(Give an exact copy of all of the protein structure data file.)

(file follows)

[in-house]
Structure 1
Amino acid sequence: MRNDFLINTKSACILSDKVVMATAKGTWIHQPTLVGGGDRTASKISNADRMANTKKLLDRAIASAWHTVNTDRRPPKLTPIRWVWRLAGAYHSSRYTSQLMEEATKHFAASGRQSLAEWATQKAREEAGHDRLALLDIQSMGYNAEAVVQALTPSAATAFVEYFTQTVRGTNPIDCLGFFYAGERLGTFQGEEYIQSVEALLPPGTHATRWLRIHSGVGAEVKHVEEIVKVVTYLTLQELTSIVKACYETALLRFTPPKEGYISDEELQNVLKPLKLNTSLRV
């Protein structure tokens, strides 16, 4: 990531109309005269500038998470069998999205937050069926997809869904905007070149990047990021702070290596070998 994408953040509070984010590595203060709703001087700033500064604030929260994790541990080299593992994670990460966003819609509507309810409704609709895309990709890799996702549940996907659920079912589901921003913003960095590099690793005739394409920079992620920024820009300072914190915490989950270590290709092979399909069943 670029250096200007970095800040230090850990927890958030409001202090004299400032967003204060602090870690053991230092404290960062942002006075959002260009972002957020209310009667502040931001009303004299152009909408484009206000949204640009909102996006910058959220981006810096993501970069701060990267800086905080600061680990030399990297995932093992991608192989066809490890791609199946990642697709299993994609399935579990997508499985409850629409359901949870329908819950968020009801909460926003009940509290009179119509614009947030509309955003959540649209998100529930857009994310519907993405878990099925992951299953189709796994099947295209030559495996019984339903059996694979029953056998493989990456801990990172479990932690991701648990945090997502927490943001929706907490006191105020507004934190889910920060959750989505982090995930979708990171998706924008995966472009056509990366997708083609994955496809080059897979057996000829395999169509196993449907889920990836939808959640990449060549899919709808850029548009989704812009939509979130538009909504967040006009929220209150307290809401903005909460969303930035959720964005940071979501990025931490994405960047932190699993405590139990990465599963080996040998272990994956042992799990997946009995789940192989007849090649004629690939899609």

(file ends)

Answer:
[in-house]
Structure 1
Amino acid sequence: MRNDFLINTKSACILSDKVVMATAKGTWIHQPTLVGGGDRTASKISNADRMANTKKLLDRAIASAWHTVNTDRRPPKLTPIRWVWRLAGAYHSSRYTSQLMEEATKHFAASGRQSLAEWATQKAREEAGHDRLALLDIQSMGYNAEAVVQALTPSAATAFVEYFTQTVRGTNPIDCLGFFYAGERLGTFQGEEYIQSVEALLPPGTHATRWLRIHSGVGAEVKHVEEIVKVVTYLTLQELTSIVKACYETALLRFTPPKEGYISDEELQNVLKPLKLNTSLRV
């Protein structure tokens, strides 16, 4: 990531109309005269500038998470069998999205937050069926997809869904905007070149990047990021702070290596070998 994408953040509070984010590595203060709703001087700033500064604030929260994790541990080299593992994670990460966003819609509507309810409704609709895309990709890799996702549940996907659920079912589901921003913003960095590099690793005739394409920079992620920024820009300072914190915490989950270590290709092979399909069943 670029250096200007970095800040230090850990927890958030409001202090004299400032967003204060602090870690053991230092404290960062942002006075959002260009972002957020209310009667502040931001009303004299152009909408484009206000949204640009909102996006910058959220981006810096993501970069701060990267800086905080600061680990030399990297995932093992991608192989066809490890791609199946990642697709299993994609399935579990997508499985409850629409359901949870329908819950968020009801909460926003009940509290009179119509614009947030509309955003959540649209998100529930857009994310519907993405878990099925992951299953189709796994099947295209030559495996019984339903059996694979029953056998493989990456801990990172479990932690991701648990945090997502927490943001929706907490006191105020507004934190889910920060959750989505982090995930979708990171998706924008995966472009056509990366997708083609994955496809080059897979057996000829395999169509196993449907889920990836939808959640990449060549899919709808850029548009989704812009939509979130538009909504967040006009929220209150307290809401903005909460969303930035959720964005940071979501990025931490994405960047932190699993405590139990990465599963080996040998272990994956042992799990997946009995789940192989007849090649004629690939899609």